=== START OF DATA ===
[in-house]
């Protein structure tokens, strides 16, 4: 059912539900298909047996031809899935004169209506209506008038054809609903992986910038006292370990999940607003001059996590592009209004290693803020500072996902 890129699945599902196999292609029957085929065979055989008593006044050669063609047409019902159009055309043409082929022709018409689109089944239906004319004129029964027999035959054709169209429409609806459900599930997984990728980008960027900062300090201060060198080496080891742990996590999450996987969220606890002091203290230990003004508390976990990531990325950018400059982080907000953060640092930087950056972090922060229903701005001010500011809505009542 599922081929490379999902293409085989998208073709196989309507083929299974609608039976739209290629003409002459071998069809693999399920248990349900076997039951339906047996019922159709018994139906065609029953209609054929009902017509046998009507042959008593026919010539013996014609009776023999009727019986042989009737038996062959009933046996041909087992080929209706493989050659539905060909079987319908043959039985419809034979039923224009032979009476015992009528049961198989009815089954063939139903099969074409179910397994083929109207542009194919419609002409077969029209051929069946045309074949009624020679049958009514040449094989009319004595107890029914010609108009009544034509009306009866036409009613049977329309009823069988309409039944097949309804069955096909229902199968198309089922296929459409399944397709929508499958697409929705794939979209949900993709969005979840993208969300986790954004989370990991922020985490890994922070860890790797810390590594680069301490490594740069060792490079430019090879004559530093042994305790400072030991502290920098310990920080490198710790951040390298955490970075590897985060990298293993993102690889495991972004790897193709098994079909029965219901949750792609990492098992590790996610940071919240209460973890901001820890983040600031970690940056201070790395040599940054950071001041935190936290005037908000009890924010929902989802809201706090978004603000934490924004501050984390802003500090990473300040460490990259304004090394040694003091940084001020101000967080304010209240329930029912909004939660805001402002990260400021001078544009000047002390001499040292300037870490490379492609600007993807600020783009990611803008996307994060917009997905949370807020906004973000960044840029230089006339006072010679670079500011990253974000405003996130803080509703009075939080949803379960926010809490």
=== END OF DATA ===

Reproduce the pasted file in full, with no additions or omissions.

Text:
[in-house]
């Protein structure tokens, strides 16, 4: 059912539900298909047996031809899935004169209506209506008038054809609903992986910038006292370990999940607003001059996590592009209004290693803020500072996902 890129699945599902196999292609029957085929065979055989008593006044050669063609047409019902159009055309043409082929022709018409689109089944239906004319004129029964027999035959054709169209429409609806459900599930997984990728980008960027900062300090201060060198080496080891742990996590999450996987969220606890002091203290230990003004508390976990990531990325950018400059982080907000953060640092930087950056972090922060229903701005001010500011809505009542 599922081929490379999902293409085989998208073709196989309507083929299974609608039976739209290629003409002459071998069809693999399920248990349900076997039951339906047996019922159709018994139906065609029953209609054929009902017509046998009507042959008593026919010539013996014609009776023999009727019986042989009737038996062959009933046996041909087992080929209706493989050659539905060909079987319908043959039985419809034979039923224009032979009476015992009528049961198989009815089954063939139903099969074409179910397994083929109207542009194919419609002409077969029209051929069946045309074949009624020679049958009514040449094989009319004595107890029914010609108009009544034509009306009866036409009613049977329309009823069988309409039944097949309804069955096909229902199968198309089922296929459409399944397709929508499958697409929705794939979209949900993709969005979840993208969300986790954004989370990991922020985490890994922070860890790797810390590594680069301490490594740069060792490079430019090879004559530093042994305790400072030991502290920098310990920080490198710790951040390298955490970075590897985060990298293993993102690889495991972004790897193709098994079909029965219901949750792609990492098992590790996610940071919240209460973890901001820890983040600031970690940056201070790395040599940054950071001041935190936290005037908000009890924010929902989802809201706090978004603000934490924004501050984390802003500090990473300040460490990259304004090394040694003091940084001020101000967080304010209240329930029912909004939660805001402002990260400021001078544009000047002390001499040292300037870490490379492609600007993807600020783009990611803008996307994060917009997905949370807020906004973000960044840029230089006339006072010679670079500011990253974000405003996130803080509703009075939080949803379960926010809490």